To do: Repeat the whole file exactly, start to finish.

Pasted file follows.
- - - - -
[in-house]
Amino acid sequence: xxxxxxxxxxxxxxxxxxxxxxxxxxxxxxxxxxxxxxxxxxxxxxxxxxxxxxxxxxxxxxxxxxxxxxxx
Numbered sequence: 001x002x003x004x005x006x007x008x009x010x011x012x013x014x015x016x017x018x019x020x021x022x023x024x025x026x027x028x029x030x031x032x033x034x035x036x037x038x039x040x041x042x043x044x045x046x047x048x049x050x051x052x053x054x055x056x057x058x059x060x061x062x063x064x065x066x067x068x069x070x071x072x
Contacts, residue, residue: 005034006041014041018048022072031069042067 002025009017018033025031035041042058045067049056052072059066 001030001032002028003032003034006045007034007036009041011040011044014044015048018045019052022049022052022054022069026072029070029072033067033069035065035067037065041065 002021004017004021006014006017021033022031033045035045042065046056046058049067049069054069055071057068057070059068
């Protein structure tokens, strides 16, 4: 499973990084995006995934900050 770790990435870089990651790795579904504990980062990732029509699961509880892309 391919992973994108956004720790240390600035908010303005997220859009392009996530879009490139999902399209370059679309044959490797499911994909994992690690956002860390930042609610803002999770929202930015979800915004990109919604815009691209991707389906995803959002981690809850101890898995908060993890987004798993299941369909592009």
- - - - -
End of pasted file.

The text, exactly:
[in-house]
Amino acid sequence: xxxxxxxxxxxxxxxxxxxxxxxxxxxxxxxxxxxxxxxxxxxxxxxxxxxxxxxxxxxxxxxxxxxxxxxx
Numbered sequence: 001x002x003x004x005x006x007x008x009x010x011x012x013x014x015x016x017x018x019x020x021x022x023x024x025x026x027x028x029x030x031x032x033x034x035x036x037x038x039x040x041x042x043x044x045x046x047x048x049x050x051x052x053x054x055x056x057x058x059x060x061x062x063x064x065x066x067x068x069x070x071x072x
Contacts, residue, residue: 005034006041014041018048022072031069042067 002025009017018033025031035041042058045067049056052072059066 001030001032002028003032003034006045007034007036009041011040011044014044015048018045019052022049022052022054022069026072029070029072033067033069035065035067037065041065 002021004017004021006014006017021033022031033045035045042065046056046058049067049069054069055071057068057070059068
């Protein structure tokens, strides 16, 4: 499973990084995006995934900050 770790990435870089990651790795579904504990980062990732029509699961509880892309 391919992973994108956004720790240390600035908010303005997220859009392009996530879009490139999902399209370059679309044959490797499911994909994992690690956002860390930042609610803002999770929202930015979800915004990109919604815009691209991707389906995803959002981690809850101890898995908060993890987004798993299941369909592009």